Given Dangor’s own politics, the extent of his characters’ cynicism, and the bleakness of his portrait of South Africa might come as a surprise to some readers. Born into an Indian and Muslim family in Johannesburg in 1948, Dangor was always a steadfast opponent of apartheid. He became active in Black student politics and the Black Consciousness Movement while reading English Literature at Rhodes University, and went on to become a member of Black Thoughts, a literary group that held poetry readings in townships. His activities didn’t escape the notice of the authorities. Between 1973 and 1979 his work was officially banned in South Africa. And in the mid-1980s, he was detained by the security police for two days. “It was terrifying because I didn’t know if I would get out of there,” he told Stuart Jeffries in an interview in The Guardian when Bitter Fruit was published. Dangor long combined his writing and his activism – between 2007 and 2013, he was Chief Executive of the Nelson Mandela Foundation, a role that distracted him from his writing even though both activities sprang from the same source.
Lydia’s rape, Dangor told Jeffries, “is a metaphor for the abuse of ordinary people in South Africa.” Despite its lofty ambitions, the TRC dealt mostly in high-profile cases. “It was set up in part to ensure the security police had the opportunity to get some sort of amnesty,” he explained, and indeed, Du Boise’s application for leniency is a further source of intense pain for Lydia.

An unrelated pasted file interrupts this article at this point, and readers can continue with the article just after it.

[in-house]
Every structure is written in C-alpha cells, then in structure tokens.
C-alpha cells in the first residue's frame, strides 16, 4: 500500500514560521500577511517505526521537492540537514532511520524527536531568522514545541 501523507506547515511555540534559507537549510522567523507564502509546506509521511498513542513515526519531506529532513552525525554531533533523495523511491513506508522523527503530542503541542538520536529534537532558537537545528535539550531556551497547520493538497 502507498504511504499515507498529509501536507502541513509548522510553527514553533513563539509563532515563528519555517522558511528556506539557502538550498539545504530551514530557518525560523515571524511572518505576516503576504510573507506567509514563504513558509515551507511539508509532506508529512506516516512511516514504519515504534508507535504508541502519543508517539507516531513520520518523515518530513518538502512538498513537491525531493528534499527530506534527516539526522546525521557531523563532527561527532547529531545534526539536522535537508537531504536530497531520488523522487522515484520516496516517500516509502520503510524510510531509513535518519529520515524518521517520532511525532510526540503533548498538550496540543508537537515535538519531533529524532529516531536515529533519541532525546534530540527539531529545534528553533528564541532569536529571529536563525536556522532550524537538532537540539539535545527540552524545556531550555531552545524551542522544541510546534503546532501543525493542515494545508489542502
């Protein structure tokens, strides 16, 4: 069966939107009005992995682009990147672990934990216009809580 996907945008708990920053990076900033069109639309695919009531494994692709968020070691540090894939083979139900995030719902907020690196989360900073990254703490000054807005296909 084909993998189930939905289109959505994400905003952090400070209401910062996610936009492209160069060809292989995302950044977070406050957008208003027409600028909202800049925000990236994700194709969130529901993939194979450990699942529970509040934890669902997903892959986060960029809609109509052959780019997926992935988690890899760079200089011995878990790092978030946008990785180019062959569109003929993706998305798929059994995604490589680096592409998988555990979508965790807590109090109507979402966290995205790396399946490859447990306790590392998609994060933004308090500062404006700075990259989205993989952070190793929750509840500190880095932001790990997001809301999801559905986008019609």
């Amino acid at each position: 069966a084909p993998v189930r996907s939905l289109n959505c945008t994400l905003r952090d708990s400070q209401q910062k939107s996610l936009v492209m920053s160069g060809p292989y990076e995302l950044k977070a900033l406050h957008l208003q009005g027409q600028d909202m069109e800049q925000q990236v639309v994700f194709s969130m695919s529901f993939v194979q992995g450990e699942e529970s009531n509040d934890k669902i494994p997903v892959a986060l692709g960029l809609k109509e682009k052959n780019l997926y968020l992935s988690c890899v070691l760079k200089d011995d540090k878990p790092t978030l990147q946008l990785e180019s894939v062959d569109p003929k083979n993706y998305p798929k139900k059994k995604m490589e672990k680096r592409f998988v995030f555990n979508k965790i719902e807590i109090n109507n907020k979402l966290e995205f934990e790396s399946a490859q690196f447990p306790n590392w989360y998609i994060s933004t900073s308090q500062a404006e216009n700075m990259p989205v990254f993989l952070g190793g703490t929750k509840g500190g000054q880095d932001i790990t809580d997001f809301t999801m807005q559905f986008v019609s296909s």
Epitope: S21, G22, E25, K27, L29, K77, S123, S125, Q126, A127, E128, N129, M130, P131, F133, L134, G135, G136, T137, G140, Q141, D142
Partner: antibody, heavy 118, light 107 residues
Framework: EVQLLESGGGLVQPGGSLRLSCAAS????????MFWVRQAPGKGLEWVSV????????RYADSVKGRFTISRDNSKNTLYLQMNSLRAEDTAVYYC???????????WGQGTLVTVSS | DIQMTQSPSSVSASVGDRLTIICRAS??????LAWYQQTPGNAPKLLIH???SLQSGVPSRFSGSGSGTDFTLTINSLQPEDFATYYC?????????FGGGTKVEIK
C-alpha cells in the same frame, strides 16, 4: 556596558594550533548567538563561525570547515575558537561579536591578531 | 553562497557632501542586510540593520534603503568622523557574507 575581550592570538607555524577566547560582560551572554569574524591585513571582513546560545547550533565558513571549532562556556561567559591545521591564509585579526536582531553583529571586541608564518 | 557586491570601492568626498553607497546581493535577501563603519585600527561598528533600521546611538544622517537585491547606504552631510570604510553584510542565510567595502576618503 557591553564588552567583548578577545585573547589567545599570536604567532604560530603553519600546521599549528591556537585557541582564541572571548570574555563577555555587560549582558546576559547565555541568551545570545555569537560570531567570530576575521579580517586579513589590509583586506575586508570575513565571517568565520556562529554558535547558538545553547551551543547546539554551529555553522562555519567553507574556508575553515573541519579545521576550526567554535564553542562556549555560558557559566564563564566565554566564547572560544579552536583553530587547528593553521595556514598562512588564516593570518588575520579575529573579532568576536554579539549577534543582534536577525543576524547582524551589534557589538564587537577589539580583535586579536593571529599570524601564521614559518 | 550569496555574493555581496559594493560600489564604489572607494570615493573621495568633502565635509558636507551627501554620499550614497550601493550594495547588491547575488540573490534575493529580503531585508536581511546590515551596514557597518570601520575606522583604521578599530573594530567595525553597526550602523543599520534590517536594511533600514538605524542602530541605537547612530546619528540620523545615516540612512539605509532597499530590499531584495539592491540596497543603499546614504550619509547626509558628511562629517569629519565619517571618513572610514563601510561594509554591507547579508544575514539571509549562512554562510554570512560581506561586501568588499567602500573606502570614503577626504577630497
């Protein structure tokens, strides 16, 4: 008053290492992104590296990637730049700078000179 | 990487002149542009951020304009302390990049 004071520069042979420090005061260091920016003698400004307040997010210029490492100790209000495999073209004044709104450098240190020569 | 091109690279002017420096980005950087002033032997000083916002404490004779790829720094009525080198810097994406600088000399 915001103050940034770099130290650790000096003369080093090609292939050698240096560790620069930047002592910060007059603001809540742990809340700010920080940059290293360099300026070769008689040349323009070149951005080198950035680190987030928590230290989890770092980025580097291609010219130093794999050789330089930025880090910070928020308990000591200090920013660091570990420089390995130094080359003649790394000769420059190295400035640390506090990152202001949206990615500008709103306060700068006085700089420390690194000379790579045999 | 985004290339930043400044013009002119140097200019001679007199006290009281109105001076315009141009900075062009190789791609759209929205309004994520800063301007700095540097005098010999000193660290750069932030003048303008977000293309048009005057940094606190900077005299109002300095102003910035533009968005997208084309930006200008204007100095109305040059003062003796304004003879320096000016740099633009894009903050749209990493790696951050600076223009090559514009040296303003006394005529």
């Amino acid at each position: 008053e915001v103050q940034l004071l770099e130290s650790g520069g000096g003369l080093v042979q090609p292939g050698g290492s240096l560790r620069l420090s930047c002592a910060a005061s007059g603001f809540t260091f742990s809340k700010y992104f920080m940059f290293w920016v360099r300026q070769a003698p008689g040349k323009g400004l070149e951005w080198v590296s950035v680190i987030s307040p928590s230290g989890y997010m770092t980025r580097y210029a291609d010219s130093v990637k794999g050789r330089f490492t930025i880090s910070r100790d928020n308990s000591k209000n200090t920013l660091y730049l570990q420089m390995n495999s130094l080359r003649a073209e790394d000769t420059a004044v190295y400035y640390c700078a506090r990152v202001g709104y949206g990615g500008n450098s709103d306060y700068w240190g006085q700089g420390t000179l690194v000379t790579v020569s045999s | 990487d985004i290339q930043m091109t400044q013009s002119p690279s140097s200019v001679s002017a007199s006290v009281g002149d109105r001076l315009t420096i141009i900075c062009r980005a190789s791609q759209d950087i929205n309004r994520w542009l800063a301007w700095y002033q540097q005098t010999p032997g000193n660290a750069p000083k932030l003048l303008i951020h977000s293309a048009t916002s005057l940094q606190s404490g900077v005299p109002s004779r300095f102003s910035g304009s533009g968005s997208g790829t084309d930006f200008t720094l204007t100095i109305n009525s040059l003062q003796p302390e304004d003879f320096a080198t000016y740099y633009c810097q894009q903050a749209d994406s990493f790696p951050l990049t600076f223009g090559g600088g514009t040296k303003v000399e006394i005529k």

Fascinatingly, the last thing Dangor told Jeffries was that he planned to write a prequel to the novel with the villain Du Boise at its centre. “I want to know what motivated him,” he said. ‘Everyone’s story needs to be told.’ Alas, this didn’t come to pass. Dangor did publish two final books – the short story collection Strange Pilgrimages (2013); and a final novel, Dikeledi: Child of Tears, No More (2017), which charts the lives of an ordinary family living under apartheid via the stories of its womenfolk – but neither took up Du Boise’s story.
A year after Dangor died – aged seventy-one, in 2020 – another South African writer, Damon Galgut, won the Booker Prize with The Promise, the title of which refers to an oath sworn by Rachel, the matriarch of a white family who live on a farm out in the veld, before she died, to give a house on their land to their Black servant, Salome. What follows, over time, is the deferral of this promise by Rachel’s descendants that we understand comes to stand for a broader, more all-encompassing reneging on the moral promise of a fresh start made by the country to its inhabitants. The only member of the family who feels any real shame about this is Rachel’s 13-year-old daughter Amor. “History has not yet trod on her,” Galgut writes evocatively, implicitly acknowledging the weight of inheritance, both individual and collective. Or, as Mikey puts it in Bitter Fruit: “History is memory.”